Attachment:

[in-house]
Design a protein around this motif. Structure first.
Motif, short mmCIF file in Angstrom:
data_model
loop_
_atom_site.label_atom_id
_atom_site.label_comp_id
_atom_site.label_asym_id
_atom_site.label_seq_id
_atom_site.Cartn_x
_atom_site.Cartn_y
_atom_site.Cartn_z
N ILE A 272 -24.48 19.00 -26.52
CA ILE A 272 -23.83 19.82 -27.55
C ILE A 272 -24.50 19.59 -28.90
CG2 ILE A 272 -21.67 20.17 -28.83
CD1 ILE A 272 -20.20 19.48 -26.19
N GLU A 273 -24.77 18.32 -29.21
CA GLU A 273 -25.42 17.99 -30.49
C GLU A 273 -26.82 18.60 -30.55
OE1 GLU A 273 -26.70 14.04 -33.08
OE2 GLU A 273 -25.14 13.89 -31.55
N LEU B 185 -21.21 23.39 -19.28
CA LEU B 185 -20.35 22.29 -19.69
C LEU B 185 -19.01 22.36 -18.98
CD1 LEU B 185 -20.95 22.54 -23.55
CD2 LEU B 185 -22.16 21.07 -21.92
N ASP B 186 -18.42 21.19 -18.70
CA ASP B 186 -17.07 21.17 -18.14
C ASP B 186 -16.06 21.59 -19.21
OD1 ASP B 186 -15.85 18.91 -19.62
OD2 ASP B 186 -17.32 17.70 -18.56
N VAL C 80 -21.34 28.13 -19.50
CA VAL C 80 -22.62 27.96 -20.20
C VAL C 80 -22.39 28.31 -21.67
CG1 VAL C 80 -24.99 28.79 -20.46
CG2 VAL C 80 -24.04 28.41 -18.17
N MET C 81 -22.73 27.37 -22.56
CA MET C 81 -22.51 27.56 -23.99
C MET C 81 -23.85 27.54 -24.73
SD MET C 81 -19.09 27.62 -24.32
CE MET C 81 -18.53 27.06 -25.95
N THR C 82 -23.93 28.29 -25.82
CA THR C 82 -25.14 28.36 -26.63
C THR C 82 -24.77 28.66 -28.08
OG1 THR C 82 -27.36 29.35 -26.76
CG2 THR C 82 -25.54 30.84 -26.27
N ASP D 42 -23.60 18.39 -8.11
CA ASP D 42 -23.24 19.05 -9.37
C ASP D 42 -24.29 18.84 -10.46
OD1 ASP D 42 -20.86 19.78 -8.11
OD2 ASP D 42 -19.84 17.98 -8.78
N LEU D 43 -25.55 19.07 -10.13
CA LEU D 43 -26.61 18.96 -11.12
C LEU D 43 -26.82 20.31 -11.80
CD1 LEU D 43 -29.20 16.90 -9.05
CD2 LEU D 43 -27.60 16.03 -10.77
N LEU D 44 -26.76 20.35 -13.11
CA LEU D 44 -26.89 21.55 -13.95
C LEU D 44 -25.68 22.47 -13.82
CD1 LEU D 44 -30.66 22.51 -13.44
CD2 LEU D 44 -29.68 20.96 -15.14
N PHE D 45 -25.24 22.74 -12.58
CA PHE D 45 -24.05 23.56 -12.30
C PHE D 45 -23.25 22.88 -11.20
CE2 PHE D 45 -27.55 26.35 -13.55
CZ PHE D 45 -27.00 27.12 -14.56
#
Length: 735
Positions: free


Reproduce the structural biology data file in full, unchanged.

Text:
[in-house]
Design a protein around this motif. Structure first.
Motif, short mmCIF file in Angstrom:
data_model
loop_
_atom_site.label_atom_id
_atom_site.label_comp_id
_atom_site.label_asym_id
_atom_site.label_seq_id
_atom_site.Cartn_x
_atom_site.Cartn_y
_atom_site.Cartn_z
N ILE A 272 -24.48 19.00 -26.52
CA ILE A 272 -23.83 19.82 -27.55
C ILE A 272 -24.50 19.59 -28.90
CG2 ILE A 272 -21.67 20.17 -28.83
CD1 ILE A 272 -20.20 19.48 -26.19
N GLU A 273 -24.77 18.32 -29.21
CA GLU A 273 -25.42 17.99 -30.49
C GLU A 273 -26.82 18.60 -30.55
OE1 GLU A 273 -26.70 14.04 -33.08
OE2 GLU A 273 -25.14 13.89 -31.55
N LEU B 185 -21.21 23.39 -19.28
CA LEU B 185 -20.35 22.29 -19.69
C LEU B 185 -19.01 22.36 -18.98
CD1 LEU B 185 -20.95 22.54 -23.55
CD2 LEU B 185 -22.16 21.07 -21.92
N ASP B 186 -18.42 21.19 -18.70
CA ASP B 186 -17.07 21.17 -18.14
C ASP B 186 -16.06 21.59 -19.21
OD1 ASP B 186 -15.85 18.91 -19.62
OD2 ASP B 186 -17.32 17.70 -18.56
N VAL C 80 -21.34 28.13 -19.50
CA VAL C 80 -22.62 27.96 -20.20
C VAL C 80 -22.39 28.31 -21.67
CG1 VAL C 80 -24.99 28.79 -20.46
CG2 VAL C 80 -24.04 28.41 -18.17
N MET C 81 -22.73 27.37 -22.56
CA MET C 81 -22.51 27.56 -23.99
C MET C 81 -23.85 27.54 -24.73
SD MET C 81 -19.09 27.62 -24.32
CE MET C 81 -18.53 27.06 -25.95
N THR C 82 -23.93 28.29 -25.82
CA THR C 82 -25.14 28.36 -26.63
C THR C 82 -24.77 28.66 -28.08
OG1 THR C 82 -27.36 29.35 -26.76
CG2 THR C 82 -25.54 30.84 -26.27
N ASP D 42 -23.60 18.39 -8.11
CA ASP D 42 -23.24 19.05 -9.37
C ASP D 42 -24.29 18.84 -10.46
OD1 ASP D 42 -20.86 19.78 -8.11
OD2 ASP D 42 -19.84 17.98 -8.78
N LEU D 43 -25.55 19.07 -10.13
CA LEU D 43 -26.61 18.96 -11.12
C LEU D 43 -26.82 20.31 -11.80
CD1 LEU D 43 -29.20 16.90 -9.05
CD2 LEU D 43 -27.60 16.03 -10.77
N LEU D 44 -26.76 20.35 -13.11
CA LEU D 44 -26.89 21.55 -13.95
C LEU D 44 -25.68 22.47 -13.82
CD1 LEU D 44 -30.66 22.51 -13.44
CD2 LEU D 44 -29.68 20.96 -15.14
N PHE D 45 -25.24 22.74 -12.58
CA PHE D 45 -24.05 23.56 -12.30
C PHE D 45 -23.25 22.88 -11.20
CE2 PHE D 45 -27.55 26.35 -13.55
CZ PHE D 45 -27.00 27.12 -14.56
#
Length: 735
Positions: free